Every quarter, many money managers have to disclose what they've bought and sold, via "13F" filings. Their latest moves can shine a bright light on smart stock picks.
Today let's look at investing giant Carl Icahn, who has made billions, partly by taking large positions in companies and pushing for change in them. These companies have included Texaco, RJR Nabisco, and Imclone. He's also drawn to companies in or near bankruptcy, wanting to make them more valuable in order to sell them at a higher price.
Icahn Associates' reportable stock portfolio totaled $21.5 billion in value as of June 30. Its top three holdings, Icahn Enterprises L.P., CVR Energy, and Dell (NASDAQ: DELL ) make up nearly 60% of the overall portfolio's value. Chesapeake Energy (NYSE: CHK ) was among the top three last quarter, but is now in fifth place. It's finally under new management, The shale gas leader has been shedding assets to help it pay down debt, while also aiming to boost production. It's poised to profit from rising natural gas prices, and may also profit from the practice of multi-well pad drilling.
Another high-profile Icahn holding is Herbalife (NYSE: HLF ) , which has been given a buy rating and an $80 price target by analysts at Argus Research, thanks in part to its solid earnings. (The stock was trading in the mid-$60s recently.) The company has been the subject of great controversy among hedge-fund giants, with Bill Ackman calling it a pyramid scheme. In recent Herbalife news, it seems that William Stiritz, CEO of cereal giant Post Holdings, has become the company's fourth-largest shareholder.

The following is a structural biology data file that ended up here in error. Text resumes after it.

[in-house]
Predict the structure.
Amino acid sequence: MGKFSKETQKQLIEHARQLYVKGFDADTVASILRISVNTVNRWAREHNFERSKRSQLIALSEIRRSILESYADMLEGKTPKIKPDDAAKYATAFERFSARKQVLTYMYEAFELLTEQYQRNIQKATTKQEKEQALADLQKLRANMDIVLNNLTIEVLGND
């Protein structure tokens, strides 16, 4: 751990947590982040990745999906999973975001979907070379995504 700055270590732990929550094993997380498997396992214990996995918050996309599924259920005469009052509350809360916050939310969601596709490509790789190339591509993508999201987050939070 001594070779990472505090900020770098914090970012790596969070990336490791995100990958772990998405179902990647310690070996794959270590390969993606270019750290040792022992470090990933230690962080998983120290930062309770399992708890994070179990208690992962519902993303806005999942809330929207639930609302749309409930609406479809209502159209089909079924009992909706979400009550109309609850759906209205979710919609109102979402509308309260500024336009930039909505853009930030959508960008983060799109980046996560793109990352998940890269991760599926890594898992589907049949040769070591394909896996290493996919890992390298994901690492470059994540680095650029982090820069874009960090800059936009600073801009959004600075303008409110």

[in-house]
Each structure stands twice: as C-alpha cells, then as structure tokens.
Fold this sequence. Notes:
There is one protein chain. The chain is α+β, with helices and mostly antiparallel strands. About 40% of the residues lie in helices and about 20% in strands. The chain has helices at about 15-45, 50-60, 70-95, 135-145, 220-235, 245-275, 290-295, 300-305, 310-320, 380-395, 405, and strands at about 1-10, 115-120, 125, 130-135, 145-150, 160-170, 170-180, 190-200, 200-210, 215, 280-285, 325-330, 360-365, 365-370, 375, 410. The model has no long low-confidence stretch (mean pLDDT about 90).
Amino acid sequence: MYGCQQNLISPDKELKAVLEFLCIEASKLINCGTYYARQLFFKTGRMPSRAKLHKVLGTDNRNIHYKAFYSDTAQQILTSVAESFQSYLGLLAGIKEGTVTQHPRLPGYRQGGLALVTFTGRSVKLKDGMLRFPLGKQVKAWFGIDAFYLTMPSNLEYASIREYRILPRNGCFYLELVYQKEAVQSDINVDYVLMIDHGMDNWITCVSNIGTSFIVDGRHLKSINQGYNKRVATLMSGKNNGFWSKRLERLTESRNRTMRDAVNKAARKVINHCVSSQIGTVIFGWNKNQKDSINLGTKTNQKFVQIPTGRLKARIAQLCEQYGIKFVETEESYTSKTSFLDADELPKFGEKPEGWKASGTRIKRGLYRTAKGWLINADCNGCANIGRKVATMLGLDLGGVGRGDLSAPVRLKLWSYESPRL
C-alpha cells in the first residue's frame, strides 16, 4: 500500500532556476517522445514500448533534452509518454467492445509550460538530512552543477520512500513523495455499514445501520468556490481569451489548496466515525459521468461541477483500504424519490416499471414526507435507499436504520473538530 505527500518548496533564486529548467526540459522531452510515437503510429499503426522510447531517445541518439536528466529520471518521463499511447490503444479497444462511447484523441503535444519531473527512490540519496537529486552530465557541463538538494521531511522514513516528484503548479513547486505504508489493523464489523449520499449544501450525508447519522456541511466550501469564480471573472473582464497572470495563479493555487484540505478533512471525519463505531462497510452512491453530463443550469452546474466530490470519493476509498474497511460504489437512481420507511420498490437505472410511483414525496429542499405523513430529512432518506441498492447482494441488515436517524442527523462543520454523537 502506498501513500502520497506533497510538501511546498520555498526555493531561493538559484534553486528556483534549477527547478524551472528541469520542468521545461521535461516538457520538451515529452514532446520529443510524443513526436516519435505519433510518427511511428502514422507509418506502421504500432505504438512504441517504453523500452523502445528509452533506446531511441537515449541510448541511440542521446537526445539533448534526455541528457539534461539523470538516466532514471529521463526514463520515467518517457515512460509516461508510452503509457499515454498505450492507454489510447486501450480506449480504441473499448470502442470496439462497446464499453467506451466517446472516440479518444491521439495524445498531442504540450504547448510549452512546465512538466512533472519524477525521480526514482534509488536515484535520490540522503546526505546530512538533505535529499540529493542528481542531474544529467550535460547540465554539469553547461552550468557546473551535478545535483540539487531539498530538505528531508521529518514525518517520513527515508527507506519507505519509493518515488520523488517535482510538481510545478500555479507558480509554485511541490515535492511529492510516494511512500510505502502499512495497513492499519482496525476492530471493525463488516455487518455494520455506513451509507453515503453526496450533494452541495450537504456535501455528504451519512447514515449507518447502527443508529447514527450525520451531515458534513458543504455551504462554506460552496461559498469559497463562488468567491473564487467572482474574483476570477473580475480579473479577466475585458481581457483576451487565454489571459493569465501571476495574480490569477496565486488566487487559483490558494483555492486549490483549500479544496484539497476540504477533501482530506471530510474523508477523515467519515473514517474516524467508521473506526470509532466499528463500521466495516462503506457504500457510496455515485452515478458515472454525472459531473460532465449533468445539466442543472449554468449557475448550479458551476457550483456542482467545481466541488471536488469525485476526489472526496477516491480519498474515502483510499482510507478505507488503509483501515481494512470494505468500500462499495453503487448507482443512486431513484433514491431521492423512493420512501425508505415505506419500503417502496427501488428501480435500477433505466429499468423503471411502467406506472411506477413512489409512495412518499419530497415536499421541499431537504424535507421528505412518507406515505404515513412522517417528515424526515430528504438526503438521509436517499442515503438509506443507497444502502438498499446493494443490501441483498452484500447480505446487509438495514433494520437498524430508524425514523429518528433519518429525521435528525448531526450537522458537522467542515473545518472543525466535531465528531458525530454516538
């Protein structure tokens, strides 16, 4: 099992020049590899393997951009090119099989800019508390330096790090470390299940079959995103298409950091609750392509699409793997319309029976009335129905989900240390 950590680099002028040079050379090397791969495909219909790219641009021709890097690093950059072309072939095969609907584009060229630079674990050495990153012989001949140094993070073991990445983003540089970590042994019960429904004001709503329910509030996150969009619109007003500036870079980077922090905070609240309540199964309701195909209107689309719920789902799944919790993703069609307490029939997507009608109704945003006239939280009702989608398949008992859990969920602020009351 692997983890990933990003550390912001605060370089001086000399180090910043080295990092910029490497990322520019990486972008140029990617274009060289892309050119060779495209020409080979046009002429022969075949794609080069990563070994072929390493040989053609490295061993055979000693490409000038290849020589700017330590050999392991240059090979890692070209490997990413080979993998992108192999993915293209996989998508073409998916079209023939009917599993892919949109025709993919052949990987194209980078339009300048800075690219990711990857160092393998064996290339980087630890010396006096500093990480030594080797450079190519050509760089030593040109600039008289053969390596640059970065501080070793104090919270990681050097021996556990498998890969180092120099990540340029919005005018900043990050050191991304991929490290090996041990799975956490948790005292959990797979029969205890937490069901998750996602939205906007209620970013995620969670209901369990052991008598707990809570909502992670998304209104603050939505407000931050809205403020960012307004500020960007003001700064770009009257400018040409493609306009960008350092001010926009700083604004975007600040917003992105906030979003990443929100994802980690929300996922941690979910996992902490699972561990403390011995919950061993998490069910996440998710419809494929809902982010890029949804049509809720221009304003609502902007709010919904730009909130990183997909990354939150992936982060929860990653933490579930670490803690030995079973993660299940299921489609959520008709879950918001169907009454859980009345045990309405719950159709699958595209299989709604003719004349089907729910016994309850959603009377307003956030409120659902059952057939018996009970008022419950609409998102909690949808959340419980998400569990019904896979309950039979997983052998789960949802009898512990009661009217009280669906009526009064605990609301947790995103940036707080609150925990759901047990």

So what does Icahn Associates' latest quarterly 13F filing tell us? Here are a few interesting details:
Icahn Associates neither initiated nor closed out positions in any stocks. Among holdings in which Icahn Associates increased its stake were Dell, Nuance Communications (NASDAQ: NUAN ) , and CVR Refining (NYSE: CVRR ) . His Dell stake represents more than 9% of his assets, and some shareholders welcome his interest in stopping management's plans to take the company private, though some shareholder advocacy organizations are in favor of it. Even more recently, it seems that Icahn has taken a stake in Apple, with investors disagreeing about what he might accomplish there.
Nuance is a major developer of speech-recognition software, with its technology is housed in many iDevices (think "Siri"). It has been seen as a buyout candidate, and with Icahn having gobbled up many shares, the company recently swallowed a "poison pill," limiting takeover possibilities. While some see the stock as undervalued now, others are bailing on the company, not liking its recent performance or its CEO's compensation package. The company's future is quite uncertain.
CVR Refining, a Master Limited Partnership, offers a fat double-digit dividend yield (recently near 20%!), and one that's "variable," meaning that it will fluctuate along with the fortunes of the company. Refiners are facing regulations that require substantial financial investments, and those like CVR with less access to export markets than others are poised to experience some pain. It's also vulnerable to oil prices and spreads.
We should never blindly copy any investor's moves, no matter how talented the investor. But it can be useful to keep an eye on what smart folks are doing, and 13F forms can be great places to find intriguing candidates for our portfolios.
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